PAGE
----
Ashwin also hopes that the government can focus on stamp duty exemptions on venture debt, wider low tax band for start-ups and for tax incentives that are applicable for Securities Commission Malaysia’s registered VC firms to be expanded to non-registered VC firms.
On that note, ALTY Orthopaedic Hospital ED Anwar Anis believes that long-term partnership between public and private healthcare in Malaysia will benefit both the government and private sector.
“The waiting lists in public hospitals are long and they can be reduced when there is a structure of long-term arrangement for private hospitals and centres to help reduce and maintain a short waiting time.
“This is especially effective for elective procedures which can enhance a patient’s productivity,” he said.
Anwar also advises the new government to put certain emphasise on the ageing society issue which includes the necessary social safety nets, proper care facilities and also post-hospitalisation care and support.
“The government should consider partnering the many physio and homecare organisations to ensure patients have good compliance to post-hospital care, including physiotherapy, wound care and others.
“An ageing population also typically means reduced mobility due to various issues — for example, orthopaedic-related issues — where they can be addressed with proper intervention, and where surgery is needed,” he said, adding that one of the ways to lift the burden of those without insurance is through implant subsidies to ensure the elderly patients can have good mobility, thus independence even as they age.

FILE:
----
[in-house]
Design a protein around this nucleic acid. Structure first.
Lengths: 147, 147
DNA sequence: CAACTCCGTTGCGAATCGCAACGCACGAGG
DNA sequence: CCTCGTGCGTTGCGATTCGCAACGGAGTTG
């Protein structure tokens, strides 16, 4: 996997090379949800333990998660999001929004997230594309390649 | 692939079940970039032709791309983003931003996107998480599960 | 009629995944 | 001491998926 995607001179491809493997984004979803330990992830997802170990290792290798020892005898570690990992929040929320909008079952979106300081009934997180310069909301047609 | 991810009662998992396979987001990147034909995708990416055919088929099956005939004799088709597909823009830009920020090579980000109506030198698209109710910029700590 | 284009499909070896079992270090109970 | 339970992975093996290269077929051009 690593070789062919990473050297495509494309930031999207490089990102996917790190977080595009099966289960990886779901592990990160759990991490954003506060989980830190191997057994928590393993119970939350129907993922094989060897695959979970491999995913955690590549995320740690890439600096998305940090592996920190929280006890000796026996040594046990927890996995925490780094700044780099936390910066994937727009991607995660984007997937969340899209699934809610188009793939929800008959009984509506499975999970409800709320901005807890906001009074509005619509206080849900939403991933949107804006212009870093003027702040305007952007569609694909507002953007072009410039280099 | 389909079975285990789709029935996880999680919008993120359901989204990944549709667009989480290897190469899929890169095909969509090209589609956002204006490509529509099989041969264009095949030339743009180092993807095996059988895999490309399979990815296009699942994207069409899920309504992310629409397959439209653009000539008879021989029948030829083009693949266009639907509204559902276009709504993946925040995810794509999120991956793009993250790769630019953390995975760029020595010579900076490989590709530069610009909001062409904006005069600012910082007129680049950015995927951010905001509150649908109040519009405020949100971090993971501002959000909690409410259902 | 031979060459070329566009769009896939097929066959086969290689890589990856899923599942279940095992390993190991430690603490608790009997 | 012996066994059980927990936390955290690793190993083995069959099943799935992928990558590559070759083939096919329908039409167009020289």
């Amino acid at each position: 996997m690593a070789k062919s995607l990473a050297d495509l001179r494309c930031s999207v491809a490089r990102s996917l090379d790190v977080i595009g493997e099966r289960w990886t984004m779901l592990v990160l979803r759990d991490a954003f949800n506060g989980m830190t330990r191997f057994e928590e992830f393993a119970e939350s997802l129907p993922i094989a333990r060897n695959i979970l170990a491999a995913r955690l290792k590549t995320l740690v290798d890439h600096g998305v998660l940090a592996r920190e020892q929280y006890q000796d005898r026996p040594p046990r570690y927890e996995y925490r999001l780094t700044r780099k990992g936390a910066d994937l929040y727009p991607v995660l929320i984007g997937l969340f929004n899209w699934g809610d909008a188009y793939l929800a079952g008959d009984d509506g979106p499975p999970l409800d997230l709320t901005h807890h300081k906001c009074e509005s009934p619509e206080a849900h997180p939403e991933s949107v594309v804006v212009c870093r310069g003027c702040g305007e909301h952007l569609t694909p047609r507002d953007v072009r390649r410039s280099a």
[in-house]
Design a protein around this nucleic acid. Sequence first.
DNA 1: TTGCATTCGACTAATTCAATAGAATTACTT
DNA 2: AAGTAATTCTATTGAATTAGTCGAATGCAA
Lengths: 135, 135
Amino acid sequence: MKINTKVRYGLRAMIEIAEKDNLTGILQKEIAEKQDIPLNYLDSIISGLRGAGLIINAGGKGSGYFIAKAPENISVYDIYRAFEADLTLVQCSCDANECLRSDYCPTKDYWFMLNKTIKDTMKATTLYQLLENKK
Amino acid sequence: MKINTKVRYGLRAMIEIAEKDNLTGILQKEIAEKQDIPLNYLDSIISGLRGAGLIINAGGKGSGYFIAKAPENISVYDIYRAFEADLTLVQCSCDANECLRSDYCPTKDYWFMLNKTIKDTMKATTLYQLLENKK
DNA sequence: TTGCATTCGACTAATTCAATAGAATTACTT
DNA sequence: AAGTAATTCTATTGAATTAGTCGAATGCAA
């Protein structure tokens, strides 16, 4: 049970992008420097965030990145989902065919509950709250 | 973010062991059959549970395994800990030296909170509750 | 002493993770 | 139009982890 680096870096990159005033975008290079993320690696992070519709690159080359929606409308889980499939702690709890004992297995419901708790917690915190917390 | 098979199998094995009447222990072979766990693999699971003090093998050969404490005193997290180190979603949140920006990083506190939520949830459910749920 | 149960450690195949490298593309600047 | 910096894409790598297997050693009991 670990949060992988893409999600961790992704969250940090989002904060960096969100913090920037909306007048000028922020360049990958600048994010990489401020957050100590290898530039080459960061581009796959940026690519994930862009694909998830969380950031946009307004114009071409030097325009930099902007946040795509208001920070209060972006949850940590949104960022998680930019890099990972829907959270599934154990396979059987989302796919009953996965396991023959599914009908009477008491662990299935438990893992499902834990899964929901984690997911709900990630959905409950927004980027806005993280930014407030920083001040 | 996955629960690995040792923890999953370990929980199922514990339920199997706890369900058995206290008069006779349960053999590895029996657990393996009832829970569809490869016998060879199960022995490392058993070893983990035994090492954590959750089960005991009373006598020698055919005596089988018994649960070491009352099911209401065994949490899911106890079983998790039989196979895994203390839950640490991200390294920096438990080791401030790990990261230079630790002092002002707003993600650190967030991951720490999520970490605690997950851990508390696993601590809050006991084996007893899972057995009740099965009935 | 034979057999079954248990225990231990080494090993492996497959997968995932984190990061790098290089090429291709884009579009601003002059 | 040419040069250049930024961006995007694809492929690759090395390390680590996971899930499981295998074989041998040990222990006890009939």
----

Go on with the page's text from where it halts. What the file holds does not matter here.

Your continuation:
“At the same time, grants or personal subsidies to access health technologies can propel and develop healthcare technology such as robotics and 3D printing,” he said.
To enable Malaysia to serve a greater number of patients, Anwar urges the new government to introduce competitive and facilitative immigration policies for healthcare travellers.
“This initiative will not only lower the cost of investment in health-related technologies and equipment, but also enable more Malaysians to have access to it.
“Some of our neighbouring countries continue to attract patients from a number of different countries, despite being less competitive overall than Malaysia, primarily due to the ease of arriving into the country.
“Thus, they are able to invest in technology such as proton beam, as fee paying foreign patients ensure there is a sufficient volume of patients for these advanced and latest modalities,” he explained.
Insufficient Assistance for Hotel Industry
On a separate issue, National Union of Hotel, Bar and Restaurant Workers Peninsular Malaysia secretary general Rosli Affandi said the government assistance to the hotel industry is insufficient for its recovery.
“Nothing was done enough for the hotel sector by the previous government although the worst impacted sector is the hotel sector.
“Some of our members are still jobless and still looking for jobs. Nothing has been done for the hoteliers,” he said.
Rosli, however, highlighted that hotel businesses are still going as usual but they are expecting more bookings during the GE15 period as many will be heading back to their hometowns to vote.
His statement nevertheless contradicts with the revelation by Malaysian Association of Hotels Kedah and Perlis Chapter chairman Eugene Dass that Malaysians have been cancelling their hotel bookings in favour of voting for GE15.
He said cancellations have increased from 15% to 20% and he expects the percentage to go up as the date gets nearer to the polling day.
However, the hotel occupancy rate is still normal at 50% and it has not reached the peak yet.
“This is due to many people will be heading back to their hometowns to vote. The hotels are still busy after the gathering. In Langkawi, Kedah, the booking is over the peak,” he said, while pointing out that the Malaysian Employers Federation has suggested for polling day to be consider as a public holiday.
- This article first appeared in The Malaysian Reserve weekly print edition